Playful wisdom for business starters

June 6, 2018

Nicky returned to her old stomping ground at Waikato University last week as an 'alumni' to talk to some current communications students about the journey after University, into the 'real world'. It was a great time to reflect on the journey that we've embarked on in starting Play Creative 18 months ago, so we thought we'd summarise a few of our key learnings below, for anyone who might be toying with the idea of starting their own business. 

 

Don't overcomplicate it. 

It's quite easy to get caught up in thinking that starting a business is a big and daunting task that takes a special person, and a perfect situation to start a business. Whilst we understand that some businesses are much more tricky to start than others, don't get us wrong, we're also huge believers in keeping things simple and real. We avoid complicating things as much as we can, and just try and be really real in our business, putting one foot in front of the other. We started with graphic design work, moved to photography, and then progressed to full time videography - the goal was always to get into video, but we didn't have a massive plan or goal, we just started and took jobs that got us closer to where we wanted to be. We both 'donated' a bit of our savings to buy our first camera, and we just started doing projects. No fancy words like 'startup capital' were spoken when we started our business - don't get daunted by not having a plan, or all the knowledge or funds in the world, keep it real and use what you have to just start. 

 

Do stuff for free, (or just cheap) to build a portfolio. 

The only way you can get experience is from actually working with clients and creating videos (or whatever it is that you do/sell). The best way to do this is to start actually working with clients and creating video...simple! Find some cool friends who are doing cool stuff and need your help, and then help them. With a few projects and 'clients' under your belt you'll be much more confident in the service you're providing, how to go about each phase, you'll have some great content to show future clients, and you'll get some sweet shout outs on social media to start boosting your brand.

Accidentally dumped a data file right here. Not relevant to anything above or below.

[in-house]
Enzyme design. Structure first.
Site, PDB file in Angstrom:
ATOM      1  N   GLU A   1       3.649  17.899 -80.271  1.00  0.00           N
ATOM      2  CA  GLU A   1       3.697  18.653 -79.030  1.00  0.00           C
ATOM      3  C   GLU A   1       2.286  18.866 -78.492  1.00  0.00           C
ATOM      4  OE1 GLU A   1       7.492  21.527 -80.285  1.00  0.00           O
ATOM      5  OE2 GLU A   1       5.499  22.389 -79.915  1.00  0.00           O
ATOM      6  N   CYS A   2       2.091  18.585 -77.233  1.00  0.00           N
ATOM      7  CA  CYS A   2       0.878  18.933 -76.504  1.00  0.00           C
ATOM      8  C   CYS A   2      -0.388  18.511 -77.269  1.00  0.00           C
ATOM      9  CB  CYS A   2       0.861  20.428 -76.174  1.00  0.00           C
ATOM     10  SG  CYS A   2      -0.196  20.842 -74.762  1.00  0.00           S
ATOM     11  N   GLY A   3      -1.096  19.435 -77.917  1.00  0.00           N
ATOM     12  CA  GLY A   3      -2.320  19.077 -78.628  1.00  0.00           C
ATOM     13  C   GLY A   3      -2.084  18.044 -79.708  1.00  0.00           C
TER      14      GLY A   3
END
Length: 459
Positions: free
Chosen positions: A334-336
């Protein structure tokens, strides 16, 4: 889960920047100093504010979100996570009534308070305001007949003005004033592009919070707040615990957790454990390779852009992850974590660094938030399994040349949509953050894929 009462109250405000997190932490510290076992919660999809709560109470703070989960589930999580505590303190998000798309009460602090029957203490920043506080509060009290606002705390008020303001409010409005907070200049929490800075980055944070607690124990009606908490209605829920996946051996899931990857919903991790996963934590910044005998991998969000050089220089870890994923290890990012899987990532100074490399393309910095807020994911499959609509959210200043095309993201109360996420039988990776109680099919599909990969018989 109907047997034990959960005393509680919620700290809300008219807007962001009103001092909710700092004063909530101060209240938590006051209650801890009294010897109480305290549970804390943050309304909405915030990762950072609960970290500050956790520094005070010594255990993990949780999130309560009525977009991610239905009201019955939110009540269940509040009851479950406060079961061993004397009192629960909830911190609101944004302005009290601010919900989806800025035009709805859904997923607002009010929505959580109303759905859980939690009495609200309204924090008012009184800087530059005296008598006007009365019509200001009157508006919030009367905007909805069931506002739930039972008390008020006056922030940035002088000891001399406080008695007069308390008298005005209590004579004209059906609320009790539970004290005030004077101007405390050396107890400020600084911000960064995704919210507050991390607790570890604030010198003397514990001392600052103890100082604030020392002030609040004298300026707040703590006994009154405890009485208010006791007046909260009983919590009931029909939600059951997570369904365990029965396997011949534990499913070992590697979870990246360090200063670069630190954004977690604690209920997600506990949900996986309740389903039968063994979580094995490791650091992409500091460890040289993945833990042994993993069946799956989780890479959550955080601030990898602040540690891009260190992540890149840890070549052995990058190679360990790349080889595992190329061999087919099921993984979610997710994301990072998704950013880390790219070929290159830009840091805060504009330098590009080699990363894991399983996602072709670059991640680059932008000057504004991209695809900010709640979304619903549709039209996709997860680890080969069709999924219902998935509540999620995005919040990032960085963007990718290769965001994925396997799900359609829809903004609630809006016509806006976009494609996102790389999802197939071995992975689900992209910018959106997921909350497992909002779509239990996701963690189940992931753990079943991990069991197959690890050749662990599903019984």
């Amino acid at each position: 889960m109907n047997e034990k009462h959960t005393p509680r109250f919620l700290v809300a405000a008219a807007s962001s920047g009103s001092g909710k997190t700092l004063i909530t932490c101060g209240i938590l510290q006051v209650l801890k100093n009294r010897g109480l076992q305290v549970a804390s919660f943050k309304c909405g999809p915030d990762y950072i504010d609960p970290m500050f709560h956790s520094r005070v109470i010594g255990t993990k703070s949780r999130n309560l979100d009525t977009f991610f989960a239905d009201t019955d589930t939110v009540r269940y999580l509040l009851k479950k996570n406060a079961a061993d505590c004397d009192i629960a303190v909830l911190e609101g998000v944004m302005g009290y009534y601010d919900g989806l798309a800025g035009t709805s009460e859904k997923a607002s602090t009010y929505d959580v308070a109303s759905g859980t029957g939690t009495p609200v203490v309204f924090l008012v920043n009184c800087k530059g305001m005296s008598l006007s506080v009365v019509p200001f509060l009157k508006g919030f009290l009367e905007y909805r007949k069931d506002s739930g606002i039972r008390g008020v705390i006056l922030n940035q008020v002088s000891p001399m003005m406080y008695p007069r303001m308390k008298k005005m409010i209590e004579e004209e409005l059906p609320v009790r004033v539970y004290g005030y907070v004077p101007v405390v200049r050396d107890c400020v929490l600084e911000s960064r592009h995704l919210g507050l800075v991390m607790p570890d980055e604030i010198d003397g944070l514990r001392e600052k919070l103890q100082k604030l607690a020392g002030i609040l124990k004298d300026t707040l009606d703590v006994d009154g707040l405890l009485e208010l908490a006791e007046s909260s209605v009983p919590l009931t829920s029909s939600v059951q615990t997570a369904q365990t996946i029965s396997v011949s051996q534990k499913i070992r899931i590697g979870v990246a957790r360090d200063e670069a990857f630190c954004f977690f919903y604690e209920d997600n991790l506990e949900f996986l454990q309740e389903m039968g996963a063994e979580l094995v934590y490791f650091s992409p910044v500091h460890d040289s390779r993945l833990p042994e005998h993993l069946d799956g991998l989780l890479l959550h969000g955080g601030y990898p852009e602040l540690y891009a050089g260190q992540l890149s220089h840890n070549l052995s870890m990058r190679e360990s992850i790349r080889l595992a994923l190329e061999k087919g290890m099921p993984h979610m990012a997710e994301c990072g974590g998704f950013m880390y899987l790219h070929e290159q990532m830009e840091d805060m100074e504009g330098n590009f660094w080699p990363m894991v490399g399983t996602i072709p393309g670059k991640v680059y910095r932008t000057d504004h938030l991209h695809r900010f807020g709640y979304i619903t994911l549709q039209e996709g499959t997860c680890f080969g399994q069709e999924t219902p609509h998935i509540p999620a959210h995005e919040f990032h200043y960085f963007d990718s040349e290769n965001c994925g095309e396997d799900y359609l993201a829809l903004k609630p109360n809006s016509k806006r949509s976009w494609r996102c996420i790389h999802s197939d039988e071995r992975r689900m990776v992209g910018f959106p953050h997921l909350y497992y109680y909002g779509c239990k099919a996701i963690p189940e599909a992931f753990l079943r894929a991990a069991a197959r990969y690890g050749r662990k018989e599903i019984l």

Our naivety was, and still is key. 

We said yes to projects, then worked out what we'd got ourselves into, then put a plan in place to actually deliver - sounds romantic, it wasn't, but we learned a lot. We've been told recently that the video's we're producing are better quality than videos that teams of up to 10 people are working on together - maybe if we'd known this at the start, we'd have thought we'd need 10 people to complete those same projects, and may have turned them down because we thought we couldn't deliver. We've also taken on some seriously massive projects and committed to some deadlines that have seen us (well Dan...) pulling multiple all-nighters in a row to finish in time. The beauty of not really knowing what you're doing is that you just make stuff happen and take things one step at a time. 

 

Pricing is always tricky - just start somewhere and go from there. 

One of the main questions we get asked by people who want to start freelancing or working for themselves is "How much do I charge!?". Unfortunately there's no nice answer for this one, you really just have to start somewhere. If you're really just starting out, break the project down into how long it's going to take you, then work out an hourly rate, and build your price on that. Our motto in our first year of business was always, "Under price and over deliver", because we knew every project would teach us something, we were still building our portfolio and brand, and our main priority was not to make money while we were starting, it was to deliver our clients exceptional results. 

 

Keep in playful (pun fully intended)

Starting a business is SO MUCH FUN! Yes there will be stressful times when you don't know exactly what to do, or you find yourself in a sticky situation, but these are totally outweighed by the insanely rewarding experiences. I've personally vowed never to lose sight of how lucky we are to be running our own business, and we quite regularly just take a half day to go adventuring to remind ourselves of the situation we've created for ourselves by starting our business. We've met so many of 'our' people in our clients, people who are also running their own businesses and are on the same wavelength, and we're constantly inspired by them! Have fun, don't take things too seriously, do great work, and be playful!

 

 

 

 

 

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